Storm-hit coalition risks battering at the polls http://t.co/OCsHWRbbf1
— Times News (@TimesNewsdesk) February 17, 2014
On Sunday I speculated on whether the government’s response to the flooding would have an electoral effect.
The Times have a piece today (££) which has analysed the constituencies that have suffered most with the recent extreme weather and there’s quite a few marginals affected. Out of the Tories 40 most marginal seats, 15 have been affected by the recent extreme weather. For the Lib Dems, out of their 20 most marginal seats, 12 have been affected by the recent extreme weather.
The seats affected for the Tories are below, the figures in brackets is the majority, if the seat name is in Red, Labour are in second place in the seat, if the seat name is in Orange, the Lib Dems are in second place.
Camborne & Redruth (66), Thurrock (92), Oxford West & Abingdon (176), Cardiff North (194), Stockton South (332), Truro & Falmouth (435), Newton Abbot (523), Plymouth & Sutton Davenport (1,149), Montgomeryshire (1,184) Stroud (1,299), Brighton Kemptown (1,328), Watford* (1,425), Northampton North (1,936), Corby** (1,951), Gloucester (2,420),
*Watford is a three way marginal, Labour held the seat at 2005.
**Corby is currently a Labour held seat after the by-election.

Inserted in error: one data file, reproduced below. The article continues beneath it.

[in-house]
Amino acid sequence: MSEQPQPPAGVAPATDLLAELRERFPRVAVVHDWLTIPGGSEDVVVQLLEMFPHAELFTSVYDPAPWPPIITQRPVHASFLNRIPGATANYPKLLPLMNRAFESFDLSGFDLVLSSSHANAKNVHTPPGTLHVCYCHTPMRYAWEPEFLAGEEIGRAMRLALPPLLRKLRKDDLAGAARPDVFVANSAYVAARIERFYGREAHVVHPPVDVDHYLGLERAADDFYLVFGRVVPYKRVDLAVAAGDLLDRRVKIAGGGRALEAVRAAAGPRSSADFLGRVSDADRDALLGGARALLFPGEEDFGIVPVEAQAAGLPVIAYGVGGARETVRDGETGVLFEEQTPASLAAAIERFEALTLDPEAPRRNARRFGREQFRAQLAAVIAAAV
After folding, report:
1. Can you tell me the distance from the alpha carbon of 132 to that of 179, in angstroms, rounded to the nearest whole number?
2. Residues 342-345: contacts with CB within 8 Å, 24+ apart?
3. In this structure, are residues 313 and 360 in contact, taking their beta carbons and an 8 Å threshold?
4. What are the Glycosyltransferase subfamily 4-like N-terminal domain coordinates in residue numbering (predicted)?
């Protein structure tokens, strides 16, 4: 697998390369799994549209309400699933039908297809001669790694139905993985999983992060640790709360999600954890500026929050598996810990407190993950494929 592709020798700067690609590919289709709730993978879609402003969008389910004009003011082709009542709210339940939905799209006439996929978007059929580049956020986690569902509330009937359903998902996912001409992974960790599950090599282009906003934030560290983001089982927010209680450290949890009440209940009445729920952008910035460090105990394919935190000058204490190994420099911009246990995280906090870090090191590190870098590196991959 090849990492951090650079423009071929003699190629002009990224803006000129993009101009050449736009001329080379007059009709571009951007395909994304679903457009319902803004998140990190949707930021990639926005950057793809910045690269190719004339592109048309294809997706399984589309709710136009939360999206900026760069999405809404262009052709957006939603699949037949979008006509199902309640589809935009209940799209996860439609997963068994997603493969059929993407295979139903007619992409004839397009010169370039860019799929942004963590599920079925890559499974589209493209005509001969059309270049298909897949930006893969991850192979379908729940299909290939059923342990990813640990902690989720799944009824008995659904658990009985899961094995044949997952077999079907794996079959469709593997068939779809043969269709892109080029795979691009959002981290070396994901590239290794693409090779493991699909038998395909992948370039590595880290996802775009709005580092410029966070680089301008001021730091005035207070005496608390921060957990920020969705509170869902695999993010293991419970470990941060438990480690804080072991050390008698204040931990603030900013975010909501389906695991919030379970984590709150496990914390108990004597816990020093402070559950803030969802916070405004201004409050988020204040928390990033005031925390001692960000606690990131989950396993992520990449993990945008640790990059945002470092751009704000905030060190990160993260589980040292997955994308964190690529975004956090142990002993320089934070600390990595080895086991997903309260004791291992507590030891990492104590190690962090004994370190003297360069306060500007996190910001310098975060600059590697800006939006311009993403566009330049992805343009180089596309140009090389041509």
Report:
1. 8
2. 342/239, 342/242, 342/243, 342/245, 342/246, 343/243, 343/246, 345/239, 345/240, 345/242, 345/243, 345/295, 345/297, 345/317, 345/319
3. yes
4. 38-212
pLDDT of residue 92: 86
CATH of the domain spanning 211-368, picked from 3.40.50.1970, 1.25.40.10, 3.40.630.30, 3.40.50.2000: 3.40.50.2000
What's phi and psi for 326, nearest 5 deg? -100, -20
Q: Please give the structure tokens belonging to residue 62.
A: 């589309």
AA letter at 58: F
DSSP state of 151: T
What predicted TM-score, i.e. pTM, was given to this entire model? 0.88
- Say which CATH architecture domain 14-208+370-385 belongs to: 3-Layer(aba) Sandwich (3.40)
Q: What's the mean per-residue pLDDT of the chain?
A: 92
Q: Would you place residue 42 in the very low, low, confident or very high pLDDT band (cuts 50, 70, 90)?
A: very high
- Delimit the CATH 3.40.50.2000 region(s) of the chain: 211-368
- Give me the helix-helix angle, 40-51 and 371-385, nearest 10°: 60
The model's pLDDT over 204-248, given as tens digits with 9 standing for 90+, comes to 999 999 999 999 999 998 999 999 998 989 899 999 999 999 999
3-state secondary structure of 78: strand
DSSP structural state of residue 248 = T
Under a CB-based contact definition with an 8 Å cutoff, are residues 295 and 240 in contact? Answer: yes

The seats affected for the Lib Dems are below, the figures in brackets is the majority, if the seat name is in Red, Labour are in second place in the seat, if the seat name is in Blue, the Tories are in second place, if the seat name is in purple, then UKIP are in second place.
Solihull (175), Mid Dorset & North Poole (269), Wells (800), St Austell & Newquay (1,312), St Ives (1,719), Eastleigh (1,771), Somerton & Frome (1,817), Chippenham (2,470), North Cornwall (2,981), Eastbourne (3,435), Taunton Deane (3,993), Torbay (4,078), North Devon (5,821)
As noted at the weekend, the voters’ views on the Government’s handling doesn’t make pleasant reading for the Government.
There is precedent for the voters affected by the government’s response to an environmental adversity to turn against the government in larger numbers than voters not affected by the adversity.
According to an academic review of the 2001 election, there were cases of foot-and-mouth in 93 constituencies, and they recorded a slightly higher average swing from Labour to the Conservatives. In the 19 constituencies most severely affected by foot-and-mouth, the swing was double the national average. Unlike the floods, the most severe cases of foot-and-mouth were in safe seats that Labour held or existing Tory seats.
My caveats are that the 2001 Foot and Mouth crisis started a few months before and continued during the General Election campaign, whereas hopefully the flooding and associated problems will soon end and not continue until May 2015!
As we can see in a lot of the seats, the seats are where the Tories and the Lib Dems are in second place to their coalition allies, so if either party can frame the blame game against their coalition partners, there could be a bonus for them.
We may have seen the opening salvo over the weekend, when it was reported the Floods Minister, the Lib Dem MP, Dan Rogerson was dubbed the Invisible Man. Although my advice to all the major political parties is not to try and exploit this for their own benefit, it could ultimately backfire on them.